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The monetary policy committee (MPC) of the Reserve Bank of India starts its meeting today.
Don’t expect any cut in the policy rate. The repo rate is already pretty low at 4 percent and the banking system is awash with liquidity. That doesn’t seem to have had any perceptible impact on bank credit growth which remains tepid at around 6 percent. If anything, savers are quite miffed because their real return is in negative territory.
Also, MPC members would be furtively eyeing inflation data. Consumer inflation might have eased to 4.29 percent in April, but wholesale inflation hit 10.49 percent. Commodity prices are rising; oil hit $70 a barrel in May. While consumer inflation remains the nominal anchor for monetary policy, the key question is when will this rise in wholesale price inflation show up in the consumer price index?
It all depends on the pricing power of manufacturers. That is unlikely to be high at this juncture as the second wave of the pandemic ebbs slowly and experts warn about the possibility of future bouts of infection. In sum, inflation concerns would likely be dismissed with the use of the word ‘transient’ or its variants.
So what do we expect when Governor Shaktikanta Das addresses the nation on Friday?
Clearly, growth has to be supported. Economists are busy paring growth estimates for this financial year. India is also a two-track economy with big, listed companies doing well, even in the second round of the pandemic, while smaller firms and individuals are facing troubles from loss of life and productivity.
Moreover, unlike the first wave, there are reports of high infection rates in the rural areas as well.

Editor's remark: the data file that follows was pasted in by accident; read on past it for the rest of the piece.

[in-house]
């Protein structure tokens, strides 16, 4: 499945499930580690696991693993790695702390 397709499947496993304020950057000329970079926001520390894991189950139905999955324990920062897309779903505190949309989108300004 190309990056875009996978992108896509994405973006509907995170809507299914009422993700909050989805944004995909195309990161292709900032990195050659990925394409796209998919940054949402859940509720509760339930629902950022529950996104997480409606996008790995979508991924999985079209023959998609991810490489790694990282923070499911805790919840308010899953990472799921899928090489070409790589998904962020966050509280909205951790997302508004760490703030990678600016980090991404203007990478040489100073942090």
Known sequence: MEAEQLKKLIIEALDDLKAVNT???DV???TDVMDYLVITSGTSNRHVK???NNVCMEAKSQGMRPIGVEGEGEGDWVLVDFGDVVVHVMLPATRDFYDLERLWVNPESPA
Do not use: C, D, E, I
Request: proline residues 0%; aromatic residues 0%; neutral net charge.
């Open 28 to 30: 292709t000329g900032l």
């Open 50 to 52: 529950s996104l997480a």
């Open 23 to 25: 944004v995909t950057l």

Therefore, the central bank is likely to look at some targeted support measures. On May 5, it had already announced a series of steps such as a liquidity line for small finance banks and a fresh loan restructuring window for small businesses and individuals.
The fresh demands from industry are a loan moratorium and targeted relief measures for sectors such as aviation. But the central bank can only do so much. Flooding the system with liquidity doesn’t solve the problem of risk-aversion among lenders as the poor response to the small finance bank liquidity window showed.
It is up to the government to step up with fiscal support. What that also means is that we can expect the governor to make soothing noises to ensure that bond yields don’t rise. Yields on the benchmark 10-year government bond still hover around 6 percent despite the finance minister saying that the Centre might need to borrow an additional Rs 1.58 lakh crore to compensate the states for shortfall in GST revenue.
At the least, therefore, Das might announce a calendar for the government securities buying programme.
Do check out these investing insights from our research team:
Suryoday corrected a lot post listing – Is it time to buy?
COVID continues to challenge auto industry; medium term outlook encouraging
ITC: What can reverse the underperformance despite its cheap valuation?
IPCA Labs: Strong margins to sustain even post-COVID opportunities
KEI Industries: Aiming to recover in the second half
What else are we reading today?
For ITC’s valuations to improve, its cigarettes business has to light up
Chart of the Day | Indian home price slump worst in the world
Second COVID-19 wave less damaging for Max, Fortis Healthcare
A looming crisis for the dairy sector
Loss-making Paytm's IPO will be a test case for new generation companies
Central Bank Digital Currencies have a role to play in commercial banking, and how!
‘Game over’: Investors hunt for new model after years of broad gains (republished from the FT)
Technical picks : Adani Total Gas, Apollo Hospitals, Muthoot Finance and PI Industries (These are published every trading day before markets open and can be read on the app)